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Five Lessons from BBC’s Expose on TB Joshua

by Church Times

By Julius Ogunro

The BBC’s three-part documentary on the late TB Joshua: The Disciples: The Cult of TB Joshua, highlights the disturbing abuse that took place in his church for decades. Here are the five lessons from it:
1. Anyone can be psychologically manipulated and controlled regardless of their education and class. A barely literate man, TB Joshua was a master manipulator who dominated people far superior people to him in education and class. And it did not matter that they were black, white, or yellow. They ate from his hands, tolerated abuse, and would probably have committed great crimes if he asked them to do so. They probably did.
How could he do this without a university degree or great formal education?  Joshua probably had ‘native intelligence’ and had honed his art through trial and error over time. What is clear is that at his peak, he had become a master of mass hypnotism and mind control, as he was in the use of public relations and the media. The outcome was the man who ran what seemed from the outside a compassionate religious ministry but beneath the glamour was a devilish schemer, rapist, hypnotist, and master manipulator.
2. Nigeria lacks adequate regulation and oversight across many sectors. Despite documented allegations of long-term abuse from former members of the Synagogue Church, authorities did not investigate or intervene over a period spanning multiple years.  Bisola Johnson, a former Synagogue devotee and prominent voice in the documentary, has had a video on YouTube detailing Joshua’s crimes for years, yet no one paid attention. The “Prophet” appeared to have a pass to do as he wished. Even when the guest house in the church premises collapsed in 2014, killing about 116 people, the majority of them South Africans, he was not brought to book, despite the coroner’s report indicting him for criminal negligence.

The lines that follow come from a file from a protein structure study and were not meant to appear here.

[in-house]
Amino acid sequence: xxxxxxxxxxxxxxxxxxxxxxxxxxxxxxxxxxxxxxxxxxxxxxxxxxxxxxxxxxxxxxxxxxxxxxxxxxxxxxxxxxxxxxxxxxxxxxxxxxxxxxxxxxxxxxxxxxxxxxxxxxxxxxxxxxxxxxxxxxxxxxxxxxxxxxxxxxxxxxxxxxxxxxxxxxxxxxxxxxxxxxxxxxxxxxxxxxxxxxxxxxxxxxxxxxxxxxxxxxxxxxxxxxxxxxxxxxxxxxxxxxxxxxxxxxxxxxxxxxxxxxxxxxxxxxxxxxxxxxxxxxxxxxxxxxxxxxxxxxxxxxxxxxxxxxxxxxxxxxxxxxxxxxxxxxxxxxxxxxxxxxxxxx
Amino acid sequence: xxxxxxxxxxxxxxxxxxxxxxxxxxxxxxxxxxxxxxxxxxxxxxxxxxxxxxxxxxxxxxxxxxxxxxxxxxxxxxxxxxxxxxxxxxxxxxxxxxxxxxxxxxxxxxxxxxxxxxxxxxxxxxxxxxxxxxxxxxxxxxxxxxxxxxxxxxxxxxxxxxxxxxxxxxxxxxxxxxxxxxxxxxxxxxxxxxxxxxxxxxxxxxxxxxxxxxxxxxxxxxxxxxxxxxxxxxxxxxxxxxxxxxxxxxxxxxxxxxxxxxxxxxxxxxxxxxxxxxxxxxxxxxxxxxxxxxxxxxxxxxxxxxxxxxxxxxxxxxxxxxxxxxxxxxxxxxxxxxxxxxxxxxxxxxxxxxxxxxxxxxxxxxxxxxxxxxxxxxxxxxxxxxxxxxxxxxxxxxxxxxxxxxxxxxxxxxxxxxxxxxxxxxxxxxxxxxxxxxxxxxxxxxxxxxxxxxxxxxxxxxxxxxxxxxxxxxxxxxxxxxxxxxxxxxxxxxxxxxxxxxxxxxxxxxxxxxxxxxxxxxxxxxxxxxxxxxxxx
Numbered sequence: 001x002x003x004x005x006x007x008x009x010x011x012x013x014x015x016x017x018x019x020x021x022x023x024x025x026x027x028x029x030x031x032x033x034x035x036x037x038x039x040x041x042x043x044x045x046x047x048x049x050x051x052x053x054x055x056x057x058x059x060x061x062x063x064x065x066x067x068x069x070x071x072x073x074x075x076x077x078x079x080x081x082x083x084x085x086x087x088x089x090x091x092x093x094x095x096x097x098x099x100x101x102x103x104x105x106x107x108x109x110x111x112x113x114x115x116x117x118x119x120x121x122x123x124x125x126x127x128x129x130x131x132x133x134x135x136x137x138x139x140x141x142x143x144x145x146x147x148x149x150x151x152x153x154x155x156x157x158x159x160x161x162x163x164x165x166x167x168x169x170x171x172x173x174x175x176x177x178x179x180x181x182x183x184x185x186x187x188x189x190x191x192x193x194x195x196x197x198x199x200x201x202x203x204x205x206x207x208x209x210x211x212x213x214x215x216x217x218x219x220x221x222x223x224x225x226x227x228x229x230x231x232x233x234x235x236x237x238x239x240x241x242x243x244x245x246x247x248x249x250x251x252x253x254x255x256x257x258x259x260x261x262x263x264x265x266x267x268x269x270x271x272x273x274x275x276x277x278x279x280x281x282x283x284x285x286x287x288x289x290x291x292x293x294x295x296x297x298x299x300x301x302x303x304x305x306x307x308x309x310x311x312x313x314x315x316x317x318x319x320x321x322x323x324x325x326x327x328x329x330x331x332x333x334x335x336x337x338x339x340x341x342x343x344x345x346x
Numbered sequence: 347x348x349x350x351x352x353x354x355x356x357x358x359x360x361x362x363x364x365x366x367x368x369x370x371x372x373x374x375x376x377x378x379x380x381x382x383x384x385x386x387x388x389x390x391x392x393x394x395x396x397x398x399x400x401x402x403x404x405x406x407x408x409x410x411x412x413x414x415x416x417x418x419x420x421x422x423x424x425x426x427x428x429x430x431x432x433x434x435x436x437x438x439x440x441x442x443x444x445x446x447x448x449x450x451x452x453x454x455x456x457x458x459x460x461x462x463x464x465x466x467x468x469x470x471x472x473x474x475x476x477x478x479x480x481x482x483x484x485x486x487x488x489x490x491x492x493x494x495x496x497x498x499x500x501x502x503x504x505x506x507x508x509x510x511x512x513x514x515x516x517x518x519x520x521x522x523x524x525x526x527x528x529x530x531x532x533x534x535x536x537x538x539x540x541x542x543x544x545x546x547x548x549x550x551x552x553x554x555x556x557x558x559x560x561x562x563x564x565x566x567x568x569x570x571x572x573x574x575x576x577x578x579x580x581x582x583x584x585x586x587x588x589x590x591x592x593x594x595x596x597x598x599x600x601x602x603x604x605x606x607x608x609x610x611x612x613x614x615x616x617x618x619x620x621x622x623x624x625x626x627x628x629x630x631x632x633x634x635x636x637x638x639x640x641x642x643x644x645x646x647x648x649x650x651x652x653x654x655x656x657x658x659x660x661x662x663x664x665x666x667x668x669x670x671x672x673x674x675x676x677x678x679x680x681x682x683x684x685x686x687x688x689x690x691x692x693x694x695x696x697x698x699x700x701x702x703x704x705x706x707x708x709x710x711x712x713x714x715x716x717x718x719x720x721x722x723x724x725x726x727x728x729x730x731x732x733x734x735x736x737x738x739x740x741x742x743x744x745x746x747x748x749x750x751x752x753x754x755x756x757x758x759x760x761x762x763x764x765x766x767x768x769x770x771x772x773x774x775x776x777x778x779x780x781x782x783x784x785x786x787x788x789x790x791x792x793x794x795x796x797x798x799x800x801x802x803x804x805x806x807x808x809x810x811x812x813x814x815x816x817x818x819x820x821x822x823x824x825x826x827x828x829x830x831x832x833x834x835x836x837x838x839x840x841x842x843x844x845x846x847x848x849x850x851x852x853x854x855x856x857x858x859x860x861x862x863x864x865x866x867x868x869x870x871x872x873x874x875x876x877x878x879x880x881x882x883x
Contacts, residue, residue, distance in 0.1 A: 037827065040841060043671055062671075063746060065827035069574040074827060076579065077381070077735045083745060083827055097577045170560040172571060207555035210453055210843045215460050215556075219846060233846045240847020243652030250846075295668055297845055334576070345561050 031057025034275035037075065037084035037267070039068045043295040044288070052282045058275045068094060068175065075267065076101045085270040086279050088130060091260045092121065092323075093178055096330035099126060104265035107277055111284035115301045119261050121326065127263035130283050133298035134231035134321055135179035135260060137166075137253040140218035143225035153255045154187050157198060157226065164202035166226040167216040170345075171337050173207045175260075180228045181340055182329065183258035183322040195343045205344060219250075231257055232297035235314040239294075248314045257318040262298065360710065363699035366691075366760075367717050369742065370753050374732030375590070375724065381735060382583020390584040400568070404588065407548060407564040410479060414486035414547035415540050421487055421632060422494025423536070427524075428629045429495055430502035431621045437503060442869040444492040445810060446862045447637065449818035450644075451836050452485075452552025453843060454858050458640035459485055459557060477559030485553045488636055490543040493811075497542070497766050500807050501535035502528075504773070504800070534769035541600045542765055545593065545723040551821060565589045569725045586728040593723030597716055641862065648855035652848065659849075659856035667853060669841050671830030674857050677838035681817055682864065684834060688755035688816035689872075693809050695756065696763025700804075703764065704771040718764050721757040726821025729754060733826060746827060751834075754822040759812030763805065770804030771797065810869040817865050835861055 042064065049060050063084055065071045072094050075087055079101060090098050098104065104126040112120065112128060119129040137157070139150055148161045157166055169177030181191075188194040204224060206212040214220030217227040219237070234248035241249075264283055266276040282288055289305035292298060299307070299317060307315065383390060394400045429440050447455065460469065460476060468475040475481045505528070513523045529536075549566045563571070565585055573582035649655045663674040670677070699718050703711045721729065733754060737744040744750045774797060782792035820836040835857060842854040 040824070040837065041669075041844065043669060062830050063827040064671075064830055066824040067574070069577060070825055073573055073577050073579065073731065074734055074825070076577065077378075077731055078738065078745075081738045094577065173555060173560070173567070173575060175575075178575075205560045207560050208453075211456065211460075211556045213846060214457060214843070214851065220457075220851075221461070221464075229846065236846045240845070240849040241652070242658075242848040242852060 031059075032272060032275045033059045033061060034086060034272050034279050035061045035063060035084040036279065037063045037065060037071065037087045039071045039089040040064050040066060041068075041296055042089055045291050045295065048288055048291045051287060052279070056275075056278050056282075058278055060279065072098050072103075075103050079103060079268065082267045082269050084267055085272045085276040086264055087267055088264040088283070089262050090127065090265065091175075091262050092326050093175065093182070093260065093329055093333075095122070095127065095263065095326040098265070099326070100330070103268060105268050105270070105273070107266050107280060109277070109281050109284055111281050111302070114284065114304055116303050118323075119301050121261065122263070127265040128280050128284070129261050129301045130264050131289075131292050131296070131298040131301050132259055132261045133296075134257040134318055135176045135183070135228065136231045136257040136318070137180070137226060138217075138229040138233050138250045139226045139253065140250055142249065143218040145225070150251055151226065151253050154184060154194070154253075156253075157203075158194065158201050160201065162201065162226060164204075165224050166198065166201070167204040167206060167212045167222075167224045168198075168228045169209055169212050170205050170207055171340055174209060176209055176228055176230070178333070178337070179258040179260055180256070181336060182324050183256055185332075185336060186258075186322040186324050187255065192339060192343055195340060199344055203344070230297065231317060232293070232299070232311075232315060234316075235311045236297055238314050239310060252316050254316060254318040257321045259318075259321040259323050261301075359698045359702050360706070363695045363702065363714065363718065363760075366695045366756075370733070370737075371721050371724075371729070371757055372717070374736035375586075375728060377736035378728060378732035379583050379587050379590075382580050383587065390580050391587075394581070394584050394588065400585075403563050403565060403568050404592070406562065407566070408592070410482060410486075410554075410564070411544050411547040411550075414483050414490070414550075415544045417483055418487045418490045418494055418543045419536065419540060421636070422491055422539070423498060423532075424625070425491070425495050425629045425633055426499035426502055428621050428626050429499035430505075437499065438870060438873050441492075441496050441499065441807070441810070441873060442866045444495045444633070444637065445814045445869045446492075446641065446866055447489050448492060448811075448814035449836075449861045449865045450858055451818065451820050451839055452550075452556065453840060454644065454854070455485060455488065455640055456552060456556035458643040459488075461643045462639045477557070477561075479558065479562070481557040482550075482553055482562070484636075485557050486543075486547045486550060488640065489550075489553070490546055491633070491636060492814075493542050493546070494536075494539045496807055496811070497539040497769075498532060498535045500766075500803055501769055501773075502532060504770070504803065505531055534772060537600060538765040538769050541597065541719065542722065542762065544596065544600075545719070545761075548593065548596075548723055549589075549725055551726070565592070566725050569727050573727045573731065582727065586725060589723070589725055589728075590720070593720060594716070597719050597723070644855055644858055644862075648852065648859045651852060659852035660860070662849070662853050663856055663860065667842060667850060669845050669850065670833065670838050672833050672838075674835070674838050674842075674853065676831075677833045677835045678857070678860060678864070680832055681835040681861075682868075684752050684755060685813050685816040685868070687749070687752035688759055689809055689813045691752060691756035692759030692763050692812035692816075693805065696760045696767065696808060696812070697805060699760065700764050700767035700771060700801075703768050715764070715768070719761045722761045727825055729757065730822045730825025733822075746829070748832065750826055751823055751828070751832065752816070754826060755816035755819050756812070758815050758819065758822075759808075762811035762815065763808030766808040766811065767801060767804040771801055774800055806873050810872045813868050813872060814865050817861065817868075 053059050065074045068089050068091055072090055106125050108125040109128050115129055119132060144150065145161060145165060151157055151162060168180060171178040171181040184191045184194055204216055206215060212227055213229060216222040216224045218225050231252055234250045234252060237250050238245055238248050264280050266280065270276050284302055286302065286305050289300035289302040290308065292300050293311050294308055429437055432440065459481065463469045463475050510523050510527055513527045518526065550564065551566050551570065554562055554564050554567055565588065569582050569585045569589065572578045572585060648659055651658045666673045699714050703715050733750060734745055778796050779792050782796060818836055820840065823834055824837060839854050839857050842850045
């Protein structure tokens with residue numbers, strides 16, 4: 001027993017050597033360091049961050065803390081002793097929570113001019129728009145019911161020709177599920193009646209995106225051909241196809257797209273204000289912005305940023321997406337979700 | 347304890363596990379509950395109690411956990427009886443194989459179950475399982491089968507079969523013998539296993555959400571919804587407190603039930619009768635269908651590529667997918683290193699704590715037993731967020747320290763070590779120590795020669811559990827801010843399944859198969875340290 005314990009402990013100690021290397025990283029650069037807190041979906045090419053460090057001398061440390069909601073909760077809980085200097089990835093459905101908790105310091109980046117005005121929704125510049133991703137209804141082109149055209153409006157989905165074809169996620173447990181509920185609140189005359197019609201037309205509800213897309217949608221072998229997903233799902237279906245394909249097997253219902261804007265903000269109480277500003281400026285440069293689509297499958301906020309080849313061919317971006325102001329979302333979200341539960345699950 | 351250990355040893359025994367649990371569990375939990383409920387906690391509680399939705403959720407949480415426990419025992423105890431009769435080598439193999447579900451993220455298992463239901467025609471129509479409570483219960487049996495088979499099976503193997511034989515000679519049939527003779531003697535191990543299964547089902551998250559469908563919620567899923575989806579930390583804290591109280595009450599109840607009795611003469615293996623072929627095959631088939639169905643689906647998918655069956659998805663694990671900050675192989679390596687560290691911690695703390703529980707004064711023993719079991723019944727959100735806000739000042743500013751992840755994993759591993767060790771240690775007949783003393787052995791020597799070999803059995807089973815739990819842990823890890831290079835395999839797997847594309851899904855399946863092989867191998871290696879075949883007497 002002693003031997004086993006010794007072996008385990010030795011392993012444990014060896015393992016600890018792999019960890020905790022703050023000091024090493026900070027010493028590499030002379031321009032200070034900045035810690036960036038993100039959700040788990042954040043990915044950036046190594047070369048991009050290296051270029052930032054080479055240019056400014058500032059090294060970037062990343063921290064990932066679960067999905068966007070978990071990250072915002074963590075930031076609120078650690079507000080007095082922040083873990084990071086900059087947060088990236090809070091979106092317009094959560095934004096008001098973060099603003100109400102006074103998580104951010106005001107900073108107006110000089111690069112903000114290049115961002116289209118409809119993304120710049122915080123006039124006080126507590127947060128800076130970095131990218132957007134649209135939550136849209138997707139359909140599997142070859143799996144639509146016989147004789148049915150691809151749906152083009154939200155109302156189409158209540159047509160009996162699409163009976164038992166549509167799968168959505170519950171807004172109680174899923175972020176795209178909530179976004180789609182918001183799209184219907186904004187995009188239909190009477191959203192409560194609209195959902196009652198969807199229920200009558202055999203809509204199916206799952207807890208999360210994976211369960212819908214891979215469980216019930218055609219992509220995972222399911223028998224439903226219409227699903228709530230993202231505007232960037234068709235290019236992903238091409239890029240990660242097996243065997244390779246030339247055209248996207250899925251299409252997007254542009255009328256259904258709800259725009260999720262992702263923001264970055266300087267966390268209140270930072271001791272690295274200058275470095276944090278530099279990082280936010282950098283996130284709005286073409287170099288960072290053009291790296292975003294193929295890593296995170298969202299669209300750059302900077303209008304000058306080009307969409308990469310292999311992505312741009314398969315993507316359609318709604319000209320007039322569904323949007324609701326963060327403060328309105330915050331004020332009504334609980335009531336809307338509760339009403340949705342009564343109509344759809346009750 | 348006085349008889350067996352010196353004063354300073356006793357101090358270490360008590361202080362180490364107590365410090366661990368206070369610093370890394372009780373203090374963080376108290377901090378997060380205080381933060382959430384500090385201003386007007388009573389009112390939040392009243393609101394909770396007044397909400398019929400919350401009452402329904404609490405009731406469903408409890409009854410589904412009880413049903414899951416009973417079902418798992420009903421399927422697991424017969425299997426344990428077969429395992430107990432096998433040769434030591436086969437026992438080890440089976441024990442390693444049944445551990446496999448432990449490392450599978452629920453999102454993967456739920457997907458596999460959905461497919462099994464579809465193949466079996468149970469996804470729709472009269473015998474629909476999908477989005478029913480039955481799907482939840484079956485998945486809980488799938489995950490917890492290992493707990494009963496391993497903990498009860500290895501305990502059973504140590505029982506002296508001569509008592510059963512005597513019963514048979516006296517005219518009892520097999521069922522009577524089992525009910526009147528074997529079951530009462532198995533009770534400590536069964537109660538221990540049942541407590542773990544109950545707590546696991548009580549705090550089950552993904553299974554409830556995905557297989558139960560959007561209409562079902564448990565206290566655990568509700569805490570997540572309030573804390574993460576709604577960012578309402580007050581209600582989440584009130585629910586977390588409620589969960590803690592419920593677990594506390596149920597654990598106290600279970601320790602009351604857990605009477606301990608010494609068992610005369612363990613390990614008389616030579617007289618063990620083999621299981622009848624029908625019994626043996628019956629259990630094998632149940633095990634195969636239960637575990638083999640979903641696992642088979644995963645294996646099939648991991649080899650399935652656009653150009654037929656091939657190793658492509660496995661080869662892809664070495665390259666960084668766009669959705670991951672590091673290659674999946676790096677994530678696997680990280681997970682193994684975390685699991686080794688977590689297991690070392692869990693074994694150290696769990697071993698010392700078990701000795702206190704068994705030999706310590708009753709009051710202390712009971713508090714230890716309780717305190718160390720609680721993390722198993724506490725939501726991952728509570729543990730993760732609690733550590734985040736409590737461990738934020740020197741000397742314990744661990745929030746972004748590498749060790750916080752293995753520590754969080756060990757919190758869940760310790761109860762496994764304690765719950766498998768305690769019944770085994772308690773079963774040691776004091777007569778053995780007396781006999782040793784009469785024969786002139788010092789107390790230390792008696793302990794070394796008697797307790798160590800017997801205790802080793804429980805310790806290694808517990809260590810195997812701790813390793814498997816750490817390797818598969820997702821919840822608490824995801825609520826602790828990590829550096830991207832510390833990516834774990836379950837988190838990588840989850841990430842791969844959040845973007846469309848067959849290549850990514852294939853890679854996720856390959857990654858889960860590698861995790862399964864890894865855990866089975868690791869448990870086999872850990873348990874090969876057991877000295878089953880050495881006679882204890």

Had he been alive when this documentary came out, it is safe to say nothing would have happened to him.
3. Nigeria’s religious space is permissive. Religious leaders seem to have the liberty to engage in any bad behaviour, given the lack of regulations in that sector. This is due to the sensitivity of religion in the country, which is often viewed through the lens of competition between the two predominant faiths of Christianity and Islam.
The last time a government agency attempted to actively regulate religious groups by proposing a code of governance, it didn’t end well. The Financial Reporting Council of Nigeria (FRN) had initiated a set of reforms, requiring the tenure of heads of religious groups to not exceed 20 years, among others. The agency’s head, Jim Obaze was sacked following the uproar that greeted the proposal.  Now, the country’s political elite seem to have conceded that space entirely to religious leaders, shady or not. It is this lax environment that produced men like Joshua and other predatory religious figures hiding in plain sight.